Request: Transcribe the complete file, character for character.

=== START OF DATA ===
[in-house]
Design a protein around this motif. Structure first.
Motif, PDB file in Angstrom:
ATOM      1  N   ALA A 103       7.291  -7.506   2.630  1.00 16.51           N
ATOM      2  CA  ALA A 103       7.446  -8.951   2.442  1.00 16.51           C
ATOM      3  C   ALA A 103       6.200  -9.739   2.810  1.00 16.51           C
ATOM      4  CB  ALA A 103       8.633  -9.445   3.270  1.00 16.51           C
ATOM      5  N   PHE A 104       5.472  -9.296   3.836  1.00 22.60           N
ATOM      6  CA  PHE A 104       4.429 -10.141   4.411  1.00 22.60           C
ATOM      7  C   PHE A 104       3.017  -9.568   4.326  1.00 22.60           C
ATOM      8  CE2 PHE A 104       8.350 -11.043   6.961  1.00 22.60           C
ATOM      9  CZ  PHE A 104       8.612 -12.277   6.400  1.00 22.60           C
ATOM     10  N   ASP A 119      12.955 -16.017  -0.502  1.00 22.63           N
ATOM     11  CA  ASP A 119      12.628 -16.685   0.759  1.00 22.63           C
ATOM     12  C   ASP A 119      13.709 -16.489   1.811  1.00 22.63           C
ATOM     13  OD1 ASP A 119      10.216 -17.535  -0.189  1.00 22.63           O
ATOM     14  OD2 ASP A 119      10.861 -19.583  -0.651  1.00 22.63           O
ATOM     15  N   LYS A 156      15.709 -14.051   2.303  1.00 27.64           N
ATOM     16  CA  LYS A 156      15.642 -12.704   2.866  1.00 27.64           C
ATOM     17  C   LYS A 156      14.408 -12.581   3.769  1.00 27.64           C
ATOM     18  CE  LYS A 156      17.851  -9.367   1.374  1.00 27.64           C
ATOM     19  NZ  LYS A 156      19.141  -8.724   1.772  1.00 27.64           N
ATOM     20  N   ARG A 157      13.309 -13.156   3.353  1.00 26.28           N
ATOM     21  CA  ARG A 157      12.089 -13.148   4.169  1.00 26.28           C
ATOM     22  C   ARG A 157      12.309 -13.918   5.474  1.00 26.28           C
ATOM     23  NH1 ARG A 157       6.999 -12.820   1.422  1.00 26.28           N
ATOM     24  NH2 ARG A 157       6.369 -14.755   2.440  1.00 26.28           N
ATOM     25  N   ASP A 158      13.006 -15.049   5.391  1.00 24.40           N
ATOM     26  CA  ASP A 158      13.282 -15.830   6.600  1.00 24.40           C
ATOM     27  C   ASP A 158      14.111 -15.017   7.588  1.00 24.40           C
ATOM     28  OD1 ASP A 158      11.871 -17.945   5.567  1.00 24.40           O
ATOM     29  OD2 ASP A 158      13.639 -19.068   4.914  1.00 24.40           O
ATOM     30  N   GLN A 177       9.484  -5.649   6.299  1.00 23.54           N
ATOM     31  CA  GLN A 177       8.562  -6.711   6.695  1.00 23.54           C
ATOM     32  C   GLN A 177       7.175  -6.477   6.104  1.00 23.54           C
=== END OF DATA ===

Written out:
[in-house]
Design a protein around this motif. Structure first.
Motif, PDB file in Angstrom:
ATOM      1  N   ALA A 103       7.291  -7.506   2.630  1.00 16.51           N
ATOM      2  CA  ALA A 103       7.446  -8.951   2.442  1.00 16.51           C
ATOM      3  C   ALA A 103       6.200  -9.739   2.810  1.00 16.51           C
ATOM      4  CB  ALA A 103       8.633  -9.445   3.270  1.00 16.51           C
ATOM      5  N   PHE A 104       5.472  -9.296   3.836  1.00 22.60           N
ATOM      6  CA  PHE A 104       4.429 -10.141   4.411  1.00 22.60           C
ATOM      7  C   PHE A 104       3.017  -9.568   4.326  1.00 22.60           C
ATOM      8  CE2 PHE A 104       8.350 -11.043   6.961  1.00 22.60           C
ATOM      9  CZ  PHE A 104       8.612 -12.277   6.400  1.00 22.60           C
ATOM     10  N   ASP A 119      12.955 -16.017  -0.502  1.00 22.63           N
ATOM     11  CA  ASP A 119      12.628 -16.685   0.759  1.00 22.63           C
ATOM     12  C   ASP A 119      13.709 -16.489   1.811  1.00 22.63           C
ATOM     13  OD1 ASP A 119      10.216 -17.535  -0.189  1.00 22.63           O
ATOM     14  OD2 ASP A 119      10.861 -19.583  -0.651  1.00 22.63           O
ATOM     15  N   LYS A 156      15.709 -14.051   2.303  1.00 27.64           N
ATOM     16  CA  LYS A 156      15.642 -12.704   2.866  1.00 27.64           C
ATOM     17  C   LYS A 156      14.408 -12.581   3.769  1.00 27.64           C
ATOM     18  CE  LYS A 156      17.851  -9.367   1.374  1.00 27.64           C
ATOM     19  NZ  LYS A 156      19.141  -8.724   1.772  1.00 27.64           N
ATOM     20  N   ARG A 157      13.309 -13.156   3.353  1.00 26.28           N
ATOM     21  CA  ARG A 157      12.089 -13.148   4.169  1.00 26.28           C
ATOM     22  C   ARG A 157      12.309 -13.918   5.474  1.00 26.28           C
ATOM     23  NH1 ARG A 157       6.999 -12.820   1.422  1.00 26.28           N
ATOM     24  NH2 ARG A 157       6.369 -14.755   2.440  1.00 26.28           N
ATOM     25  N   ASP A 158      13.006 -15.049   5.391  1.00 24.40           N
ATOM     26  CA  ASP A 158      13.282 -15.830   6.600  1.00 24.40           C
ATOM     27  C   ASP A 158      14.111 -15.017   7.588  1.00 24.40           C
ATOM     28  OD1 ASP A 158      11.871 -17.945   5.567  1.00 24.40           O
ATOM     29  OD2 ASP A 158      13.639 -19.068   4.914  1.00 24.40           O
ATOM     30  N   GLN A 177       9.484  -5.649   6.299  1.00 23.54           N
ATOM     31  CA  GLN A 177       8.562  -6.711   6.695  1.00 23.54           C
ATOM     32  C   GLN A 177       7.175  -6.477   6.104  1.00 23.54           C